AG Josh Stein invited local leaders, healthcare advocates, health care providers, and elected officials to a round table in Asheville recently. The purpose was to discuss hospital consolidation, its impacts to healthcare price and quality, what other states are doing to address it, and how North Carolina might handle the situation. AG Stein along with N.C. Sen. Julie Mayfield and others are developing legislation which would provide greater oversight and legal standing for transactions such as the purchase of Mission Health System by HCA. SEARCH leaders Jon Ward, Susan Larson and Victoria Hicks attended.
This meeting was an invited gathering of physicians, other health care professionals, local elected officials, health care advocates, and others to discuss the persistent problems resulting from the way in which the sale of the Mission Health System to HCA was carried out. The goal was to clarify those problems and suggest changes to state laws that regulate these processes so that a future sale of a health system can produce a more positive result.
Gen. Stein began the meeting with the message that Medicaid Expansion is essential to easing the strain on rural hospitals and should be passed. He thanked the organizers and attendees and then expressed his views about the process of the sale, its review, and the outcomes that have damaged healthcare in Western North Carolina. He discussed the nature of the pre-review process, the problems with it, and what it should be. While state law grants the authority to review the process to the Attorney General, it limits the review in ways that prevent consideration of many elements of the process that should be considered. These would include evidence of the fairness of the process and the quality of the resulting care.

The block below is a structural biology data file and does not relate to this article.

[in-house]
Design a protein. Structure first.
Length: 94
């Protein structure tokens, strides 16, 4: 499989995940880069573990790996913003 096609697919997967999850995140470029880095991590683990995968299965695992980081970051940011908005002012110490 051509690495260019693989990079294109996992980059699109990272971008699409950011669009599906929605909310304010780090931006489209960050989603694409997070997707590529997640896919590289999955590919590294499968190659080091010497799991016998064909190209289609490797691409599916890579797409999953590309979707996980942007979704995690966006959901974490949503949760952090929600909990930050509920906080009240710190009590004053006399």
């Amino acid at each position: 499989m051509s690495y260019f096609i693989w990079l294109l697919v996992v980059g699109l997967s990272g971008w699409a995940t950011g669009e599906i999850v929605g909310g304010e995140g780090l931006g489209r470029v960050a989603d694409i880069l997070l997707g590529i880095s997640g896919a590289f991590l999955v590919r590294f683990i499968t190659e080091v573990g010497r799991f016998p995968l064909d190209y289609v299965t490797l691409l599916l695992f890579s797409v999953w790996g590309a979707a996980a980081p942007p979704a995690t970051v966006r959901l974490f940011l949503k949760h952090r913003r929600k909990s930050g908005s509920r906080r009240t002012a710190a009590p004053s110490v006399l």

The Attorney General then opened the meeting to general discussion:
Mark Warner, an executive for Blue Cross Blue Shield NC, spoke, noting that statewide we have experienced a loss of choice in health care and an increase in costs. He noted that increased costs result in increased insurance premiums.
Dr. Martin Palmieri, an oncologist with the Messino group, discussed the effects of physician consolidation from his perspective. He shared his personal experience of not renewing an unsatisfactory contract with Mission, and, with his partners deciding to leave Mission and develop an independent practice.
Palmieri also stated that HCA declared that they “owned” the patients in physician practices and would not allow departing physicians to communicate with them about their departure or plans for their practices. It was said that the deck was stacked against physicians.
A surgeon lamented the fact that physican groups such as his had decided not to leave Mission. One recent group he mentioned was Asheville ENT.
The past board chair of the WNC Medical Society discussed the impacts of restrictive covenants in causing physicians to leave the area..
A neurologist spoke, saying that Mission did not provide trained nurses on the neurology ward.